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psing51

Beginner

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03-02-2018
12:21 AM

62 Views

Incorrect division result when using double precision types on intel platform

Dear All,

I am trying to run the following fortran 77 code on "Xeon E5-2690 v4 @ 2.60GHz", Suse linux 12. The result of division is incorrect when double precision dataypes are involved-

program main real*8 h10 real*8 rsdata real*4 div_const div_const=9.8 h10=13720 rsdata=h10/div_const print *,h10,9.8,rsdata end

user@machine:~/TESTCASE> ifort test.f user@machine:~/TESTCASE> ./a.out 13720.0000000000 9.800000 1399.99997275216

I tried writing fortran90 version of the same code -

program main !for 64 bit real !integer, parameter :: dp = selected_real_kind(15, 307) !integer, parameter :: dp = kind(1.d0) !real(kind=dp) :: h10 !real(kind=dp) :: rsdata !real(kind=8) :: h10 !real(kind=8) :: rsdata double precision :: h10 double precision :: rsdata real(kind=4) :: div_const h10=13720.00 div_const=9.800 rsdata=h10/div_const print *,h10,9.8,rsdata end

But the result is still same

user@machine:~/TESTCASE> ifort test.f90 user@machine:~/TESTCASE> ./a.out 13720.0000000000 9.800000 1399.99997275216

I was expecting 1400 as the output(9.8*1400=13720). I have confirmed that when i declare any of h10/rsdata as real-32 bit type, i get correct result.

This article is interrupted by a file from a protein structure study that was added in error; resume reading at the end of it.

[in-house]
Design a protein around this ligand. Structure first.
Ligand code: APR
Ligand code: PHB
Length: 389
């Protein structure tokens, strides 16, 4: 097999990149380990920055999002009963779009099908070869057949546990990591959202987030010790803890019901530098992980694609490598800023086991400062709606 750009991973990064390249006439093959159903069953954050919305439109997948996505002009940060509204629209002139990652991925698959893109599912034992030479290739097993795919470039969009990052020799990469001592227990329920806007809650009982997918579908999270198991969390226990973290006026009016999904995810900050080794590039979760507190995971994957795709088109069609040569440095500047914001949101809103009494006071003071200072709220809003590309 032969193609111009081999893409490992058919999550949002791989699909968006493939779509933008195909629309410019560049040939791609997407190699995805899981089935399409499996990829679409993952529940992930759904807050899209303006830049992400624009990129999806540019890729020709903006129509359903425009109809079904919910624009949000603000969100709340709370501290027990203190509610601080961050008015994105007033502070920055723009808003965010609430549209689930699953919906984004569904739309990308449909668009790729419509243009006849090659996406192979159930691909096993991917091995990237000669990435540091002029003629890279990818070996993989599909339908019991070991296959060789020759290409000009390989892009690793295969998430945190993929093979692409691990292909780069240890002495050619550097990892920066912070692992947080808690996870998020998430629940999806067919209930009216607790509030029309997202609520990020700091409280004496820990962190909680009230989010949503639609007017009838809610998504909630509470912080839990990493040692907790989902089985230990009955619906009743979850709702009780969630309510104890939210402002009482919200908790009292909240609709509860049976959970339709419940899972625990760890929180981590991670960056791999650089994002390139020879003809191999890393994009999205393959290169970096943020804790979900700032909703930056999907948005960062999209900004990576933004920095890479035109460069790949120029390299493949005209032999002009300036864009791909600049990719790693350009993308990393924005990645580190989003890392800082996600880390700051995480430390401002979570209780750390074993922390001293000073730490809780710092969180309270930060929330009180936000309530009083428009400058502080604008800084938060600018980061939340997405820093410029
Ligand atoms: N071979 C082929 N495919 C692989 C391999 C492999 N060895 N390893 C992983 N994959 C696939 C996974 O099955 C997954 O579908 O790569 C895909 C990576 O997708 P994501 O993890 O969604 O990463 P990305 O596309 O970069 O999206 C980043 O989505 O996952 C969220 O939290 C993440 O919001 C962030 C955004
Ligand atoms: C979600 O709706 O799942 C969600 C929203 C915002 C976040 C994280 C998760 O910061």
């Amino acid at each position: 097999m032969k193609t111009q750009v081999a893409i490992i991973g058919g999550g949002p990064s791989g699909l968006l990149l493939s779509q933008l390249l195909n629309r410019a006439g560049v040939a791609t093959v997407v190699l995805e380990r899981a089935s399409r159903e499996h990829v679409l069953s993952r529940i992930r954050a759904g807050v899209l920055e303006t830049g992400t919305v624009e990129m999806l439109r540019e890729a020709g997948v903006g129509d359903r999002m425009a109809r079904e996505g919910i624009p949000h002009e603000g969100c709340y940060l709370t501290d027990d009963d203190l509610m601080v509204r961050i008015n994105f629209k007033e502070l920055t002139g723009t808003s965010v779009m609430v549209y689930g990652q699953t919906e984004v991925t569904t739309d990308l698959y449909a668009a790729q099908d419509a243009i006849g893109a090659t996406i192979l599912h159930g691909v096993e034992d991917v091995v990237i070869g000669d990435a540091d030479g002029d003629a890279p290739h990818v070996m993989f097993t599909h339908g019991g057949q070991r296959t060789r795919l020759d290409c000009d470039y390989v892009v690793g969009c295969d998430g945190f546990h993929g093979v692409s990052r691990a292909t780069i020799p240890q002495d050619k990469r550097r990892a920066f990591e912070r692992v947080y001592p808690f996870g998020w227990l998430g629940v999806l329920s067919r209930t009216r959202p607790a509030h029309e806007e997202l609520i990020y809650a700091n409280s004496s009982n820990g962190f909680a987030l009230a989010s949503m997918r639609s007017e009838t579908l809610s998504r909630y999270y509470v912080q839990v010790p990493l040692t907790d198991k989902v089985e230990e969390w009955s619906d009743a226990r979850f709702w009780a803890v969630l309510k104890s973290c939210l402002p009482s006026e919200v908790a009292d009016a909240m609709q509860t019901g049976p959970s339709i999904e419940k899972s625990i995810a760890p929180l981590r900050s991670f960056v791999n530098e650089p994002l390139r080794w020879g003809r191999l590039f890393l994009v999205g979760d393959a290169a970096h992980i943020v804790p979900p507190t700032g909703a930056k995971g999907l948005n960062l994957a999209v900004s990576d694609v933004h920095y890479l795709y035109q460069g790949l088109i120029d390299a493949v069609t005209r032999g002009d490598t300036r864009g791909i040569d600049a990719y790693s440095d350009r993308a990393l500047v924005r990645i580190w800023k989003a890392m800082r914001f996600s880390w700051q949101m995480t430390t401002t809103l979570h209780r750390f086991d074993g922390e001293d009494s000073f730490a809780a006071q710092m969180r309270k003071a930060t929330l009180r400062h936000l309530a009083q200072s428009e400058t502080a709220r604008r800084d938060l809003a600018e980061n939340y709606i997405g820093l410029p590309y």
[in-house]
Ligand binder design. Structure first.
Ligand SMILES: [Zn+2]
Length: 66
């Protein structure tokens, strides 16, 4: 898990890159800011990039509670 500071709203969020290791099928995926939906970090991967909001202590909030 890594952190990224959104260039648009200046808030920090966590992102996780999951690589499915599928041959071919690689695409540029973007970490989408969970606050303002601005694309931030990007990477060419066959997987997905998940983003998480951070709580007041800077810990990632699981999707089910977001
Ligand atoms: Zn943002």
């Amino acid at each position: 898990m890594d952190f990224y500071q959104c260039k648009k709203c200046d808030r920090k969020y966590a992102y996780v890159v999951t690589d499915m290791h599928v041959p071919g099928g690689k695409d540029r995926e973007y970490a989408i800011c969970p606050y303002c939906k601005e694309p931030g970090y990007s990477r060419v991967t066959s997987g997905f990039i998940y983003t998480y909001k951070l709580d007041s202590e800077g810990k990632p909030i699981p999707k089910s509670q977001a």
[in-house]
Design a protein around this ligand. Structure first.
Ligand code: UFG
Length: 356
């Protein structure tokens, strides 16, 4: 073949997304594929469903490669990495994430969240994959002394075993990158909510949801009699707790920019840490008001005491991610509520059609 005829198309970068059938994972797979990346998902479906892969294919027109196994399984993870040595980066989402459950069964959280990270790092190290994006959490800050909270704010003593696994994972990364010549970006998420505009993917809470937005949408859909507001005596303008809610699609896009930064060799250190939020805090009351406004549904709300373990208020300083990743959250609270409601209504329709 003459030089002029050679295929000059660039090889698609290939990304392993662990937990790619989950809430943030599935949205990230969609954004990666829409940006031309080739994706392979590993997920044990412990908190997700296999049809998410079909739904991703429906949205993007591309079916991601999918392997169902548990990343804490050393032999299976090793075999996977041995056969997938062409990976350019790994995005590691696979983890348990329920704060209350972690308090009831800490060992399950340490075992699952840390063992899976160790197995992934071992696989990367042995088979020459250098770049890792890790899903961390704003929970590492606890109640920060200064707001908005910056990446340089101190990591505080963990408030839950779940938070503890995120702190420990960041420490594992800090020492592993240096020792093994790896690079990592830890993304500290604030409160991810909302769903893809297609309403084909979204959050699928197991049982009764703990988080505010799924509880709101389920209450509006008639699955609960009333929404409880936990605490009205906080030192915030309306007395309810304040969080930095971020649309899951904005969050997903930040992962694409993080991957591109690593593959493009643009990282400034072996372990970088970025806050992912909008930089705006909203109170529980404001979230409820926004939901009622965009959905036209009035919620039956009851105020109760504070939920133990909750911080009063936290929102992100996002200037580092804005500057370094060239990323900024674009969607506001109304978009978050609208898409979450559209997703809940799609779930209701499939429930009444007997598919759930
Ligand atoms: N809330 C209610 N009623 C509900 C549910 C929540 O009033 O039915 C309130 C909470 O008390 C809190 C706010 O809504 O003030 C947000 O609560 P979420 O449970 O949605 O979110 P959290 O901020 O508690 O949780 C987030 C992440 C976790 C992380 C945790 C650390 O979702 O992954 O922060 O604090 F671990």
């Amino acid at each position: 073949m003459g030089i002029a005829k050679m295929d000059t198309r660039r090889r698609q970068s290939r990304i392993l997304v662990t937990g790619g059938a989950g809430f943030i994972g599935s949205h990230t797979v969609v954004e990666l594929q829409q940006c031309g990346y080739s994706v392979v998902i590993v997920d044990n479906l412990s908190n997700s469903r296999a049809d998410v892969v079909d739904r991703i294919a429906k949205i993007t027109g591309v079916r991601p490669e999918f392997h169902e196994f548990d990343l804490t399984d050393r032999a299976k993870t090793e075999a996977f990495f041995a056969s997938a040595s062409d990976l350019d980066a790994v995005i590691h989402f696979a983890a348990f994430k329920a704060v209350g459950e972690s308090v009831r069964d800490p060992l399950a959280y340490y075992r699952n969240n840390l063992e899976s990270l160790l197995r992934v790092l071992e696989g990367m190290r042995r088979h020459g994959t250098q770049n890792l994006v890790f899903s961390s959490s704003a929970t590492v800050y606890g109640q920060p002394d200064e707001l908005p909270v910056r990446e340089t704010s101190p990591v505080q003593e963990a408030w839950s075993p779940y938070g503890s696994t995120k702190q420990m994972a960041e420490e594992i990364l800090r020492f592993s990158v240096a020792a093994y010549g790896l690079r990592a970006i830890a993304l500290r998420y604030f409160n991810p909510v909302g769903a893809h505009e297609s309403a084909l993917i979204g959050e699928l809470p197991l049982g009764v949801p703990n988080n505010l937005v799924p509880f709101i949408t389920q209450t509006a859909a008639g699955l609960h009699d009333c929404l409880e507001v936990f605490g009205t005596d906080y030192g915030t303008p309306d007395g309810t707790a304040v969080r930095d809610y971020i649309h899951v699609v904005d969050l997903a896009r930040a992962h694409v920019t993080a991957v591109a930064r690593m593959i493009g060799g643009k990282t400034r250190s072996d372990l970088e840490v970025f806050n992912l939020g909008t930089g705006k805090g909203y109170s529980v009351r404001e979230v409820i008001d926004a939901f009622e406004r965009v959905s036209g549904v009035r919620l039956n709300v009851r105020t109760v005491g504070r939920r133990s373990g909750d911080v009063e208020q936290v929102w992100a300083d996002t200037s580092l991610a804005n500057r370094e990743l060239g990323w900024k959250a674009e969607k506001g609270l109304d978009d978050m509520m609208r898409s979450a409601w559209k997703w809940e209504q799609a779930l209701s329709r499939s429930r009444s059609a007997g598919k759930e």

Is there a way to make fortran 77 version work without involving real(32 bit) datatype?

2 Replies

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mecej4

Black Belt

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03-02-2018
01:12 AM

62 Views

Binary floating point arithmetic differs in many ways from decimal arithmetic. Those differences can be learned from introductory books on computer programming.

Try the following program and reason out why the answers are different.

print *,(4/3-1)*3-1 print *,(4.0/3.0-1)*3.0-1.0 print *,(4d0/3d0-1d0)*3d0-1d0 end

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Johannes_Rieke

New Contributor III

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03-02-2018
02:40 AM

62 Views

Hi,

please have a look into the following sources:

https://software.intel.com/sites/default/files/managed/de/a1/FP_Consistency_091117.pdf

https://software.intel.com/en-us/node/522979

In your code you divide a double by a single (line 7 respectively line 21) and implicit type conversion is performed by the compiler. Digits 8 to 15 of div_const are not necessarily filled with zeros. Thus, a deviation compared to exact calculus can happen. If you make div_const also double, you get the correct results. Do you need to mix single and double?

program main !for 64 bit real implicit none integer, parameter :: dp = selected_real_kind(15, 307) real(kind=dp) :: h10, dummy real(kind=dp) :: rsdata real(kind=dp) :: div_const h10 = 13720.00_dp div_const= 9.800_dp dummy = 1400.0_dp * div_const rsdata=h10/real(div_const,dp) print *,h10,div_const,rsdata, dummy end

You can override the single real definitions by compiler flag '-real_size 64' and convert literals (9.8 -> 9.8_dp) to get your code working. For this you can also use compiler flag -fpconstant.

If you stay completely in the single world (e.g. test dp = selected_real_kind(6, 30)), you get also the desired results.

For more complete information about compiler optimizations, see our Optimization Notice.